Supporters of Medvedev celebrate in Red Square.
Russian newspapers have reacted warily to Dmitry Medvedev's landslide victory in Sunday's presidential election.
Many point out that the result was no surprise, and dismissed the vote as a formality.
Others wonder how the new president will work with his predecessor, Vladimir Putin, whose support landed him the job and who has said he will serve as Mr Medvedev's prime minister.
PAVEL VOSHCHANOV IN NOVAYA GAZETA
Most people in Russia gave their votes to one candidate who well before 2 March had secured one vote in his favour that happened to be the weightiest [Putin's], a vote that not only determined everything but made everything meaningless... Never before have we had such an unimaginative political campaign, of which it can only be said that an election apparently took place in which we elected an apparent president.
DMITRIY KAMYSHEV IN KOMMERSANT
Doubtless, our spiteful critics in the West... are likely to deem the election of the president of the Russian Federation as not meeting universal democratic standards. But you and I know for sure that this election was no worse than any other election campaign, since it was in line with all truly Russian traditions.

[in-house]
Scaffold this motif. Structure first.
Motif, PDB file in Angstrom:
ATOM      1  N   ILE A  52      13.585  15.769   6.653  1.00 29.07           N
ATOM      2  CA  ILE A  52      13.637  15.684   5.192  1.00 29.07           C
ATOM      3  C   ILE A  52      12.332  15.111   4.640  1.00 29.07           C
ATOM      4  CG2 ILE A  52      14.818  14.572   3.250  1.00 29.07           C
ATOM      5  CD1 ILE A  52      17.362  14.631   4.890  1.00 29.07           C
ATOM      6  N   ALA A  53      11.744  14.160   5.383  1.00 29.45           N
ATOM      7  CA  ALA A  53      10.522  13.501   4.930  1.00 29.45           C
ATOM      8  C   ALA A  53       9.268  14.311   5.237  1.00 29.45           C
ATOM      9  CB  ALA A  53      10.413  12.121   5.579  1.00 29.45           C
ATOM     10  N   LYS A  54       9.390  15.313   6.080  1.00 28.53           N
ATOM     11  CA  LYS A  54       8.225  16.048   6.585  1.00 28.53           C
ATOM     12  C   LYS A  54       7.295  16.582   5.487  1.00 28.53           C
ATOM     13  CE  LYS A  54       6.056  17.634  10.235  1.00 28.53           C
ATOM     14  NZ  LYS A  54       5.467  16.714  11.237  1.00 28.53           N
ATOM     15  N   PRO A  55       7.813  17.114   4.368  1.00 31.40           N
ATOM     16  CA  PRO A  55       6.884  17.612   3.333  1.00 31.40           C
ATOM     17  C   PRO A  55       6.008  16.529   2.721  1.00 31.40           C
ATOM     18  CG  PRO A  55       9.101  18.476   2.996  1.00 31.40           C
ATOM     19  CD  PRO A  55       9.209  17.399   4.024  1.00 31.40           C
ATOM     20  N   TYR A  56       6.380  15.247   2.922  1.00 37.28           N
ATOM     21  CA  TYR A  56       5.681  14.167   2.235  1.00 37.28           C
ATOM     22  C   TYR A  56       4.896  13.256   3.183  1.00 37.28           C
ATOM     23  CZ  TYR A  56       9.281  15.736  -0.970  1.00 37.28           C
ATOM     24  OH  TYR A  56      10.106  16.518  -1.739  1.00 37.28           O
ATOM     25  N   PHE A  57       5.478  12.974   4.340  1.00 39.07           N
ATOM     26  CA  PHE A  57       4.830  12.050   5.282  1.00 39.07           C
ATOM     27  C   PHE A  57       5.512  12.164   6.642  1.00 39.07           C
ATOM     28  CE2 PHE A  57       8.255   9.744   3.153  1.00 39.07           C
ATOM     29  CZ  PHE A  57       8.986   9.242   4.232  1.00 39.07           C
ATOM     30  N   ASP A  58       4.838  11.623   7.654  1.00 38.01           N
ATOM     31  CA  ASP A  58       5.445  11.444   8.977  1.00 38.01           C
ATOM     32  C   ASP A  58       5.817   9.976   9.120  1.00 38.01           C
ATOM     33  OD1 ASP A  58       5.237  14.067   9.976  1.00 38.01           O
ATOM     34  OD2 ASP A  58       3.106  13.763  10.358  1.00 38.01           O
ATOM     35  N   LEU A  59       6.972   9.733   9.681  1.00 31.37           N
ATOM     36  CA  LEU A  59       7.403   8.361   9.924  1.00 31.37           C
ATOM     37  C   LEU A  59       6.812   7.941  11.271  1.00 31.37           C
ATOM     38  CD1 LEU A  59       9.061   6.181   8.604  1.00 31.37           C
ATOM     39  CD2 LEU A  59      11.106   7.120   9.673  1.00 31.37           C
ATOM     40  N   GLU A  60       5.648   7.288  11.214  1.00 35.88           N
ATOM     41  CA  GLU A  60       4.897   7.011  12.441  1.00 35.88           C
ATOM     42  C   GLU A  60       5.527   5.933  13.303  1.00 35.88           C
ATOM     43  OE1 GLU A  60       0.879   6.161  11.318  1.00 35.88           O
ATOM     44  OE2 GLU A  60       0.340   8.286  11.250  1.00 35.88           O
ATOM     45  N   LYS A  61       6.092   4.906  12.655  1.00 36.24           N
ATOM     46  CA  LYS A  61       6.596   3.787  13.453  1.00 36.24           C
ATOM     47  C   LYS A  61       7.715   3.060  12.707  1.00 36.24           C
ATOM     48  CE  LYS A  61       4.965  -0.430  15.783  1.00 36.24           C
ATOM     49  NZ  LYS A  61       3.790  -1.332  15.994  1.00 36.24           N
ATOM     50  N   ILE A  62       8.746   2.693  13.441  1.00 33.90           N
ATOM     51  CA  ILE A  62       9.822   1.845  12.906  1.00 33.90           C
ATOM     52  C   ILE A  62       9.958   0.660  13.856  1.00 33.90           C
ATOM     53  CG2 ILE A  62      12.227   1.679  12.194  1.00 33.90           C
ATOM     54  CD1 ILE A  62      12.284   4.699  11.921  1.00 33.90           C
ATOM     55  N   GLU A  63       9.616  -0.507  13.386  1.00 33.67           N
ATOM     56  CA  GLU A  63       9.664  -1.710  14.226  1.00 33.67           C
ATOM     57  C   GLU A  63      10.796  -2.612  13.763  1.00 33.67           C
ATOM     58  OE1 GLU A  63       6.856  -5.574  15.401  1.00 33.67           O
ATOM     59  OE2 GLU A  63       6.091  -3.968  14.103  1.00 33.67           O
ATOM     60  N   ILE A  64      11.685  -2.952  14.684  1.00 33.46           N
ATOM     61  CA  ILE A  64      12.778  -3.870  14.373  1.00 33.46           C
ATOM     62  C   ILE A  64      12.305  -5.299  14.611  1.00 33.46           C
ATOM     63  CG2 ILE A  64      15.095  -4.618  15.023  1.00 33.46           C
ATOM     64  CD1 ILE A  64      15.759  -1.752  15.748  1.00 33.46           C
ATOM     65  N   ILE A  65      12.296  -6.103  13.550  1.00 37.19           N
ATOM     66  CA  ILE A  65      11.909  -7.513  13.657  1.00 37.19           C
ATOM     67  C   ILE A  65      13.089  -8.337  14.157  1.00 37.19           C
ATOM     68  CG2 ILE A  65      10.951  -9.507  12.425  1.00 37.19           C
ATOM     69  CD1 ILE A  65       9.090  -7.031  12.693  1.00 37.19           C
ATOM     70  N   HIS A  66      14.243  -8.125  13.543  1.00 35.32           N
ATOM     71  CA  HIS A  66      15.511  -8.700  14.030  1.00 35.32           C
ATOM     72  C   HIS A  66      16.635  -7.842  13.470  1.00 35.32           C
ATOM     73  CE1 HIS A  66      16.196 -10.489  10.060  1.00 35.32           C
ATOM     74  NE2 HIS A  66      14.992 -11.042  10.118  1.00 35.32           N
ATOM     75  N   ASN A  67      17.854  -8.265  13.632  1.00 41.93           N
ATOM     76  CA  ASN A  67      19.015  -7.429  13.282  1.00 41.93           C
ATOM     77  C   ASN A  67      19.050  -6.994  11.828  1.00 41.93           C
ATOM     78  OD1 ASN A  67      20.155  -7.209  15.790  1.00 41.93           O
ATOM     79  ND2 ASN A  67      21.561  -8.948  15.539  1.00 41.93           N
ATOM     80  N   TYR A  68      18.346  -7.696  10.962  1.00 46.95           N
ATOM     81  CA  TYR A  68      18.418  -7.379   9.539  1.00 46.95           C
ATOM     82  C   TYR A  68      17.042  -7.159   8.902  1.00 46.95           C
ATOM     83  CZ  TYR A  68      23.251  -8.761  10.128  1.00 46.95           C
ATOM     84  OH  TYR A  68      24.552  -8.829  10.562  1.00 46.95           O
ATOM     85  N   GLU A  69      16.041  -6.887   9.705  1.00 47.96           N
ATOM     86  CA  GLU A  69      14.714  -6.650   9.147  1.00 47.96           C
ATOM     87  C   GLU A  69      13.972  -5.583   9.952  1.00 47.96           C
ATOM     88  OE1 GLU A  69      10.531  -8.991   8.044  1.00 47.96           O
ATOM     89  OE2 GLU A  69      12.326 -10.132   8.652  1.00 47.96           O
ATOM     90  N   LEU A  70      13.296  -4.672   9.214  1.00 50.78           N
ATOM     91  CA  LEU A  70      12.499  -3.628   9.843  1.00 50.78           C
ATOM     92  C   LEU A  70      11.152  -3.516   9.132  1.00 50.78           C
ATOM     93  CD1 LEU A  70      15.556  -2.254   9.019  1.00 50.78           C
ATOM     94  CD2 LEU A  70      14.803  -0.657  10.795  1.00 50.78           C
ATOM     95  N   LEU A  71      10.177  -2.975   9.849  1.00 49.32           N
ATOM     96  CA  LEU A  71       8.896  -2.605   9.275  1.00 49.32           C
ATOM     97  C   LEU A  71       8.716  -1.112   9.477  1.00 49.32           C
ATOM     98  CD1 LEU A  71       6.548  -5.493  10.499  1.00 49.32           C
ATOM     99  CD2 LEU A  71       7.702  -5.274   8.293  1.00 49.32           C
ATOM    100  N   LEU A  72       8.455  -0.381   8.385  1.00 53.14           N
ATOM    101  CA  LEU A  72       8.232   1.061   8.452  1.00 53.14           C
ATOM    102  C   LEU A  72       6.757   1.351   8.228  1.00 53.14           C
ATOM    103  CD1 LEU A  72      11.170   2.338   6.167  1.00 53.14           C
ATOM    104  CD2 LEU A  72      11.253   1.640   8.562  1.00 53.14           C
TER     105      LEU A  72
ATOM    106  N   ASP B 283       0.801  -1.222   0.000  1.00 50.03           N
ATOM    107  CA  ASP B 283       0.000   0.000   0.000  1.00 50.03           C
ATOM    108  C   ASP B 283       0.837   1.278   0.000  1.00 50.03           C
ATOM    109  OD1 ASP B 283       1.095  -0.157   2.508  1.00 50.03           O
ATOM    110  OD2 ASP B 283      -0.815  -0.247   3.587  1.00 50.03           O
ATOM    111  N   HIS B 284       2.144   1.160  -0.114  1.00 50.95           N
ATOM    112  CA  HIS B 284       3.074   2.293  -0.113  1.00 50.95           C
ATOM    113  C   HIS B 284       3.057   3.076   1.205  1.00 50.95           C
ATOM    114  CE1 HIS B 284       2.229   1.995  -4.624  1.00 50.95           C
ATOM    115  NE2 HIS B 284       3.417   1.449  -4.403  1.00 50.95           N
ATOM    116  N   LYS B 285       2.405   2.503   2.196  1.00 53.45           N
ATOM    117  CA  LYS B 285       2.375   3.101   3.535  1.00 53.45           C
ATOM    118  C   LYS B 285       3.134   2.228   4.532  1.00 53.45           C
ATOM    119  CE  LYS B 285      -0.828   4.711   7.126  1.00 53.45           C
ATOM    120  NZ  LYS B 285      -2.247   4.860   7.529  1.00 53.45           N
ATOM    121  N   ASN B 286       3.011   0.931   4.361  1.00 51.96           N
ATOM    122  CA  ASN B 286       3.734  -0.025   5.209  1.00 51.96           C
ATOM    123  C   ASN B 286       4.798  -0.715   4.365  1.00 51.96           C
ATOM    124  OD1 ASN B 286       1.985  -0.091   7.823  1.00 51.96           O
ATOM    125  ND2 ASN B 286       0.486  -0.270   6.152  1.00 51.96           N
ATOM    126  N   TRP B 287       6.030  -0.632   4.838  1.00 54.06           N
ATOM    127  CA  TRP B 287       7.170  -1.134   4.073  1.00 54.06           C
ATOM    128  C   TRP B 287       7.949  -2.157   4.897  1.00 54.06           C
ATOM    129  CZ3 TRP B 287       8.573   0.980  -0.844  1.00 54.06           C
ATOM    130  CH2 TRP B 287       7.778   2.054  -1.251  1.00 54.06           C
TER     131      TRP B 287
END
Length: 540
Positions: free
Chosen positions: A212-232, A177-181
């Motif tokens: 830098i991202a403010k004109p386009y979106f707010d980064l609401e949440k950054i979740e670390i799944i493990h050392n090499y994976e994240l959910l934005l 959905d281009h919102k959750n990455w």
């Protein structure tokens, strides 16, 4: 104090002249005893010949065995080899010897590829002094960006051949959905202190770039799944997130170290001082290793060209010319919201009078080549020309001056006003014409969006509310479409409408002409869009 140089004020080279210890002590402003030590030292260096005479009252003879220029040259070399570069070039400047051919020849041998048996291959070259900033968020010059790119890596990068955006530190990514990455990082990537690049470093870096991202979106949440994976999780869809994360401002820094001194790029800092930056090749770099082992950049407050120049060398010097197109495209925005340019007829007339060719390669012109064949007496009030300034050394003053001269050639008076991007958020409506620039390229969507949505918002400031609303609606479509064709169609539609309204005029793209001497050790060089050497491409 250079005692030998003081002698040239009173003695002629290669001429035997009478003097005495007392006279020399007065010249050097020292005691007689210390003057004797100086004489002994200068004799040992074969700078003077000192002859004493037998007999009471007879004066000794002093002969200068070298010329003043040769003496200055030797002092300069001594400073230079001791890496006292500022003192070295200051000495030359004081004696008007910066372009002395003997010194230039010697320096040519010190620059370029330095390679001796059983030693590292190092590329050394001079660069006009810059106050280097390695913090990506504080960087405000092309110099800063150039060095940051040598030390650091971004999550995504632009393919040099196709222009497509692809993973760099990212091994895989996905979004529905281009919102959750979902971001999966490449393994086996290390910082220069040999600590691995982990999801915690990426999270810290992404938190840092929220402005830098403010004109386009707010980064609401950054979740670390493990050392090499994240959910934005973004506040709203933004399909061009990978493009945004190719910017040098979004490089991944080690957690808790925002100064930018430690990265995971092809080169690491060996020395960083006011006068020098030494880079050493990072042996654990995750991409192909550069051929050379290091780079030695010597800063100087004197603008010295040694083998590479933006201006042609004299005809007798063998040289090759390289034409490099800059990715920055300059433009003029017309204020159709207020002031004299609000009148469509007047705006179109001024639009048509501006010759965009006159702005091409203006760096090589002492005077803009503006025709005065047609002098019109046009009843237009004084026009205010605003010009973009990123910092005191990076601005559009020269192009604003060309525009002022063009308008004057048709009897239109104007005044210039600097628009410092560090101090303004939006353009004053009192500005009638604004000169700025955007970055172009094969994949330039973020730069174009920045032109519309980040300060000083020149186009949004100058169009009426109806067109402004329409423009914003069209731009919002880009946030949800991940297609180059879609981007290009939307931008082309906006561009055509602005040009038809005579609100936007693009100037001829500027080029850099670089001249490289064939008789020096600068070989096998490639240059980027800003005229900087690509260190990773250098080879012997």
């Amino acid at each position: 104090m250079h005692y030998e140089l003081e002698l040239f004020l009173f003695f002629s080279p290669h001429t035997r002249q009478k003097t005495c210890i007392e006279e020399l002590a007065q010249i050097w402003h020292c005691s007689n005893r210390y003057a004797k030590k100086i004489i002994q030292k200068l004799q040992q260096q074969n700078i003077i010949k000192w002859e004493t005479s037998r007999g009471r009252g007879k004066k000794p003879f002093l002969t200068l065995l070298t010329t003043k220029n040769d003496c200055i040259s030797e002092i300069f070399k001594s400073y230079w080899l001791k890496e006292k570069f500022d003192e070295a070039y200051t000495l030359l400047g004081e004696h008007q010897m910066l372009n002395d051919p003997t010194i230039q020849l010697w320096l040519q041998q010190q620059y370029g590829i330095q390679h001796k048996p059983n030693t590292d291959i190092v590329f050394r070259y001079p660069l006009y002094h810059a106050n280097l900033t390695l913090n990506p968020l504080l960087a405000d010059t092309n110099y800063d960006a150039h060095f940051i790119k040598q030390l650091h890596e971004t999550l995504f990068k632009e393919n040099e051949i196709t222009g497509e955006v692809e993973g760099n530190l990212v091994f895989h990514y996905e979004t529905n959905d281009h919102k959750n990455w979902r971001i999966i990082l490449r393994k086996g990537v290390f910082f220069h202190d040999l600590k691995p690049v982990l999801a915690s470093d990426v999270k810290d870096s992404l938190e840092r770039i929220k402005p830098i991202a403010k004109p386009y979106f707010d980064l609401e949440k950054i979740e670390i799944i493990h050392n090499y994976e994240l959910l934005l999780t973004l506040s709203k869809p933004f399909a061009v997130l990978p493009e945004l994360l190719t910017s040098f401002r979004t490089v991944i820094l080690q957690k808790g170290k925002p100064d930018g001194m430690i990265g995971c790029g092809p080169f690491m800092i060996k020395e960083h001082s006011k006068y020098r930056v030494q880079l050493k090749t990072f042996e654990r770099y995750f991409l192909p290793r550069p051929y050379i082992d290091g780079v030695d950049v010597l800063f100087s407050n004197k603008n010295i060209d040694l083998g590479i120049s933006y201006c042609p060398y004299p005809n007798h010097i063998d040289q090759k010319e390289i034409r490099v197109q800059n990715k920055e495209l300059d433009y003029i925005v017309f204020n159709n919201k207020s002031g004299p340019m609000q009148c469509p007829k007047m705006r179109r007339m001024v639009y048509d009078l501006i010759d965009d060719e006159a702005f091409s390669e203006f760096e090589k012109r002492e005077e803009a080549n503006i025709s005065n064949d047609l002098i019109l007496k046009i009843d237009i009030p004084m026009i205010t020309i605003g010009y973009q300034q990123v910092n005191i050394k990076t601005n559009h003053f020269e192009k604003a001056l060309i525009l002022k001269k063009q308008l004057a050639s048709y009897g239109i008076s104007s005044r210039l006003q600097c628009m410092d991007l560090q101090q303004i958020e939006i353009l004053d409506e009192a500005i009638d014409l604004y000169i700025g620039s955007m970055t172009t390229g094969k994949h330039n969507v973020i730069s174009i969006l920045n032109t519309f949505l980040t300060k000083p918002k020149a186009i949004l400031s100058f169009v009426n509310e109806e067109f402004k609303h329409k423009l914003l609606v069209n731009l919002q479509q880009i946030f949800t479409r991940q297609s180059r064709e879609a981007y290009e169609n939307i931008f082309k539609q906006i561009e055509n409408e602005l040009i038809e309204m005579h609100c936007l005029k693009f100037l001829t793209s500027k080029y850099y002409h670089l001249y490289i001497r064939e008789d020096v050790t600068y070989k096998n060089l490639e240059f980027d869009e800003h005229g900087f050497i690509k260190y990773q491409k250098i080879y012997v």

OLGA PAVLIKOVA, MIKHAIL VINOGRADOV & IRINA KOMAROVA IN GAZETA
The third president is like a third marriage: feelings are not as strong. In 1991, Russia was electing its first president with passion and in 2000 its second president with hope; as for the third one, it voted for him rather indifferently.
YEKATERINA GRIGORYEVA AND ALEKSANDR LATYSHEV IN IZVESTIYA
It is already clear that Dmitry Medvedev received carte blanche to implement the programme for the development of Russia until 2020 that Putin announced at the State Council meeting [on 8 February 2008].
MIKHAIL ROSTOVSKY IN MOSKOVSKY KOMSOMOLETS
No-one yet understands how the Medvedev-Putin tandem is going to work. If it turns out that Putin remains the one in charge, one can simply throw yesterday's "historic achievement" in the bin... Today Medvedev and Putin have a historic chance. No matter how tiny it might be, to let it disappear would be a crime against the country.
NIKOLAY VARDUL IN GAZETA
Putin has reiterated, both verbally and in writing (in particular, in the Western press), that he will not take steps towards transferring powers from president to prime minister... the conclusion then is that Medvedev - perhaps not straight away - will become Russian politician number one not just in rank but in terms of the real balance of political forces.
RUSSIA'S NEZAVISIMAYA GAZETA
This campaign might turn out to be important post factum... For the first time in the whole post-Soviet period, the head of state does not face the task of ensuring the survival of the nation. Putin's successor can afford to concentrate on the country's strategic development, which, however, does not make his job easier.
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